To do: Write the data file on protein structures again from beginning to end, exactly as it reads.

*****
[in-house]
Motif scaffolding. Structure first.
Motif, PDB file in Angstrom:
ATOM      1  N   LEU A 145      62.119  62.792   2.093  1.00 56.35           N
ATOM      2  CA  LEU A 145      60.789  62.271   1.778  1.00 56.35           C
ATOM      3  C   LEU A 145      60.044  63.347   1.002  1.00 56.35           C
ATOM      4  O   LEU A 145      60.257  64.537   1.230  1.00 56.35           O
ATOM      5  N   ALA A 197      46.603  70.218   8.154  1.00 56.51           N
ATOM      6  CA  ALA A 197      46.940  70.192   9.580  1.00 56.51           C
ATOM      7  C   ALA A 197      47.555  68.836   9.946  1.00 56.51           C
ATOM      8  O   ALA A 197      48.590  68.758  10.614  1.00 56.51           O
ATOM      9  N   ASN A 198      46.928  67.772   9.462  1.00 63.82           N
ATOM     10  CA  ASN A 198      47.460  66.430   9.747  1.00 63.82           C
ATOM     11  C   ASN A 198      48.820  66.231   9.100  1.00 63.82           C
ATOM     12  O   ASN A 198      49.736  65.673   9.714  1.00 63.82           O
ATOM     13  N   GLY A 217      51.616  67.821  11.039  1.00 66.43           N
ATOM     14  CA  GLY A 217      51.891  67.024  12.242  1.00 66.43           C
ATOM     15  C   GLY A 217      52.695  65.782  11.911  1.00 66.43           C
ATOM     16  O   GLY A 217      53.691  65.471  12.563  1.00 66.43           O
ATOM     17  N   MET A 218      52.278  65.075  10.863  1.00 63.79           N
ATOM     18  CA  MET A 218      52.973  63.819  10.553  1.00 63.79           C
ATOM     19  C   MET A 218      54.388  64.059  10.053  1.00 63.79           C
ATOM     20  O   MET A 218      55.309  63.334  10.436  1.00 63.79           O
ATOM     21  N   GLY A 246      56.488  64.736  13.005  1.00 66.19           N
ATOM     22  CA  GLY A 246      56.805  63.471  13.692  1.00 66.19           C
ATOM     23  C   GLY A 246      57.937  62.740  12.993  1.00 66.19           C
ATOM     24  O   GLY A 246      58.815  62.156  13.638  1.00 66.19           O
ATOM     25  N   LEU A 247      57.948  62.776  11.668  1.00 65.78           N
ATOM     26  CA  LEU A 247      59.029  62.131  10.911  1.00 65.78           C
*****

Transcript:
[in-house]
Motif scaffolding. Structure first.
Motif, PDB file in Angstrom:
ATOM      1  N   LEU A 145      62.119  62.792   2.093  1.00 56.35           N
ATOM      2  CA  LEU A 145      60.789  62.271   1.778  1.00 56.35           C
ATOM      3  C   LEU A 145      60.044  63.347   1.002  1.00 56.35           C
ATOM      4  O   LEU A 145      60.257  64.537   1.230  1.00 56.35           O
ATOM      5  N   ALA A 197      46.603  70.218   8.154  1.00 56.51           N
ATOM      6  CA  ALA A 197      46.940  70.192   9.580  1.00 56.51           C
ATOM      7  C   ALA A 197      47.555  68.836   9.946  1.00 56.51           C
ATOM      8  O   ALA A 197      48.590  68.758  10.614  1.00 56.51           O
ATOM      9  N   ASN A 198      46.928  67.772   9.462  1.00 63.82           N
ATOM     10  CA  ASN A 198      47.460  66.430   9.747  1.00 63.82           C
ATOM     11  C   ASN A 198      48.820  66.231   9.100  1.00 63.82           C
ATOM     12  O   ASN A 198      49.736  65.673   9.714  1.00 63.82           O
ATOM     13  N   GLY A 217      51.616  67.821  11.039  1.00 66.43           N
ATOM     14  CA  GLY A 217      51.891  67.024  12.242  1.00 66.43           C
ATOM     15  C   GLY A 217      52.695  65.782  11.911  1.00 66.43           C
ATOM     16  O   GLY A 217      53.691  65.471  12.563  1.00 66.43           O
ATOM     17  N   MET A 218      52.278  65.075  10.863  1.00 63.79           N
ATOM     18  CA  MET A 218      52.973  63.819  10.553  1.00 63.79           C
ATOM     19  C   MET A 218      54.388  64.059  10.053  1.00 63.79           C
ATOM     20  O   MET A 218      55.309  63.334  10.436  1.00 63.79           O
ATOM     21  N   GLY A 246      56.488  64.736  13.005  1.00 66.19           N
ATOM     22  CA  GLY A 246      56.805  63.471  13.692  1.00 66.19           C
ATOM     23  C   GLY A 246      57.937  62.740  12.993  1.00 66.19           C
ATOM     24  O   GLY A 246      58.815  62.156  13.638  1.00 66.19           O
ATOM     25  N   LEU A 247      57.948  62.776  11.668  1.00 65.78           N
ATOM     26  CA  LEU A 247      59.029  62.131  10.911  1.00 65.78           C